Nice Things 80 – Bottom First

This week – Valerie Singleton, Downton Abbey, arguing on Twitter, David Crosby, Gentle Giant, the fictional 1976 TV drama ‘Climbers’, crap films, the Joan Littlewood – sitcom continuum, Dennis Waterman’s Freddie Jaeger impression and Paul tries his hand at DIY.

1 thought on “Nice Things 80 – Bottom First”

  1. Sirs,

    In your Twelfth Night Internet Broadcast you solicited instruction upon the manufacture of a certain substance. This substance is known by a number of names, but, for correctness and international recognition one ought to use the name (5α,6α)-7,8-didehydro-4,5-epoxy-17-methylmorphinan-3,6-diol diacetate. Mister Carmichael, in using the Trademark, of Bayer, “Heroin” is merely pandering to those chemists at Bayer whose pre-War monopolisation of the market in this “non-addictive pain relief” was broken by the Treaty of Versailles. Mister Carmichael has certainly “dodged a bullet” in that respect, since misuse of Trade Marks can lead to censure, sanction, or even disgrace. Indeed, any BBC Broadcast would have used the correct name – (5α,6α)-7,8-didehydro-4,5-epoxy-17-methylmorphinan-3,6-diol diacetate – to avoid advertising the Bayer Product, had the Empire not had the good sense to win the Great War. In discussing “Heroin” you entirely missed any significant exposition of Epiphany, thus having wasted 1:33:53 of my time. I am appalled and outraged at the cavalier approach you have taken with this. I expect that your 2024 Twelfth Night broadcast will make reparations for this.

    The basic problem of the manufacture of (5α,6α)-7,8-didehydro-4,5-epoxy-17-methylmorphinan-3,6-diol diacetate is that you must take twenty one carbon, twenty three hydrogen, One Nitrogen, and five oxygen atoms and persuade them to form into the exact conformation of (5α,6α)-7,8-didehydro-4,5-epoxy-17-methylmorphinan-3,6-diol diacetate and not some undesirable isomer such as allocryptopine – a substance more usually found in the Zanthoxylum beecheyanum. Zanthoxylum beecheyanum is an annoyinng shrub that is incorrectly spelled. The correct spelling is, of course, Xanthoxylum beecheyanum. Linnean plant classification does not permit the correction of spelling. Which speaks volumes about the personal qualities of Botanists world wide.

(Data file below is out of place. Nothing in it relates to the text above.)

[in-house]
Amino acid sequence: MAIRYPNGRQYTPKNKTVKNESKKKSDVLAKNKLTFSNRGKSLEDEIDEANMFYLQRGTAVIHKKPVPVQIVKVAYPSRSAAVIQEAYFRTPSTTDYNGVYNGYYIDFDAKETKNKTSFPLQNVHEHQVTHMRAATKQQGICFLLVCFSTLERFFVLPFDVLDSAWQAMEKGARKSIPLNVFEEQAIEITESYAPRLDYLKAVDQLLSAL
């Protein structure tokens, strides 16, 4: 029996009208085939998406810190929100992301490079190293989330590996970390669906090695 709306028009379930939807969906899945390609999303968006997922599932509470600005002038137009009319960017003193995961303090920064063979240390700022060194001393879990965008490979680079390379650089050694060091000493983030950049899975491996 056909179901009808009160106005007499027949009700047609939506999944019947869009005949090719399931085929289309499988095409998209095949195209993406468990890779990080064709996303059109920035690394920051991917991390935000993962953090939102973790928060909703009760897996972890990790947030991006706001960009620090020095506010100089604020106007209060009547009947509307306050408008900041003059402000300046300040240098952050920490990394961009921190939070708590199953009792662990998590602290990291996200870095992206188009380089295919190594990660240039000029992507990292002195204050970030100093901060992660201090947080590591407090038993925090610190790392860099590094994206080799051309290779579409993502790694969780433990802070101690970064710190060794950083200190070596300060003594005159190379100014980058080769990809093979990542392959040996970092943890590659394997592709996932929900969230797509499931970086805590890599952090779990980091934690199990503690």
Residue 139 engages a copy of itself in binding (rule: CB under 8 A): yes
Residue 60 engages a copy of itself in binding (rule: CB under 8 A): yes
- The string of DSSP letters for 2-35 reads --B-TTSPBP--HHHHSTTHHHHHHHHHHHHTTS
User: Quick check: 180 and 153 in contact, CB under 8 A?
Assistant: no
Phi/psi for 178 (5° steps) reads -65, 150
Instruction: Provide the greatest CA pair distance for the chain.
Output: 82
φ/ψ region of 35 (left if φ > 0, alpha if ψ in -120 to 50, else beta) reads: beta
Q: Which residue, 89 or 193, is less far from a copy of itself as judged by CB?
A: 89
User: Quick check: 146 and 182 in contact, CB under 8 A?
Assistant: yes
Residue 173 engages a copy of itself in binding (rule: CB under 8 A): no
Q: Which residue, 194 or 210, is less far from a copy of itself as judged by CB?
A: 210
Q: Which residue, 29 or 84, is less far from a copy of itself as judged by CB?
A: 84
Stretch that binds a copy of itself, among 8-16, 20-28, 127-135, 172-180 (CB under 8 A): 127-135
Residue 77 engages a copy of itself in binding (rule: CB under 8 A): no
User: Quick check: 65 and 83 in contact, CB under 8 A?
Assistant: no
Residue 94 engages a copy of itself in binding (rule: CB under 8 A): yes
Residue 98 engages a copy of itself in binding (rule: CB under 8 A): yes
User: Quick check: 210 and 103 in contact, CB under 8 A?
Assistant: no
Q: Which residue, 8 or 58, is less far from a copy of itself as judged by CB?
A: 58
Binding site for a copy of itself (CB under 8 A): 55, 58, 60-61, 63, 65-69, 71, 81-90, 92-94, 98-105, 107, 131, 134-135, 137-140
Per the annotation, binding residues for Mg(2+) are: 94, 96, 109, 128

Persuading the fifty atoms to line up as required was first achieved in 1874 by C. R. Alder Wright at St. Mary’s Hospital Medical School in London. Alder had been experimenting with (4R,4aR,7S,7aR,12bS)-3-Methyl-2,3,4,4a,7,7a-hexahydro-1H-4,12-methano[1]benzofuro[3,2-e]isoquinoline-7,9-diol and various acids. He boiled anhydrous (4R,4aR,7S,7aR,12bS)-3-Methyl-2,3,4,4a,7,7a-hexahydro-1H-4,12-methano[1]benzofuro[3,2-e]isoquinoline-7,9-diol alkaloid with acetic anhydride for several hours and produced the more potent (5α,6α)-7,8-didehydro-4,5-epoxy-17-methylmorphinan-3,6-diol diacetate. Not only had he manufactured the substance you require instructions for, he reduced the number of letters in its name. Exhausted by his typographical adventures, Alder sent the compound to F. M. Pierce of Owens College in Manchester for analysis. Pierce immediately injected dogs and rabbits with the substance and observed a rectal temperature drop of four degrees Centigrade. No further developments took place until August 21, 1897. Felix Hoffmann, working at Bayer, synthesised (5α,6α)-7,8-didehydro-4,5-epoxy-17-methylmorphinan-3,6-diol diacetate and it was named Heroin, by the Head of the Research Department; drawing upon a German etymology for “Heroic”. Eleven days earier Hoffmann had synthesized aspirin and was, clearly, a serial offender.

    From 1898 to 1910, diamorphine was marketed under the trademark name Heroin as a non-addictive (4R,4aR,7S,7aR,12bS)-3-Methyl-2,3,4,4a,7,7a-hexahydro-1H-4,12-methano[1]benzofuro[3,2-e]isoquinoline-7,9-diol substitute and cough suppressant. The Health Committee of the League of Nations banned (5α,6α)-7,8-didehydro-4,5-epoxy-17-methylmorphinan-3,6-diol diacetate in 1925 and all similar substances, largely derived from (5α,6α)-7,8-didehydro-4,5-epoxy-17-methylmorphinan-3,6-diol diacetate, in 1930. Thus, to safely synthesise (5α,6α)-7,8-didehydro-4,5-epoxy-17-methylmorphinan-3,6-diol diacetate you are first going to need a small time machine with the dial set to some date after 28 June 1919 but before 1925. This will ensure that you can persuade your atoms without trademark infringement or imprisonnment for manufacturing drugs.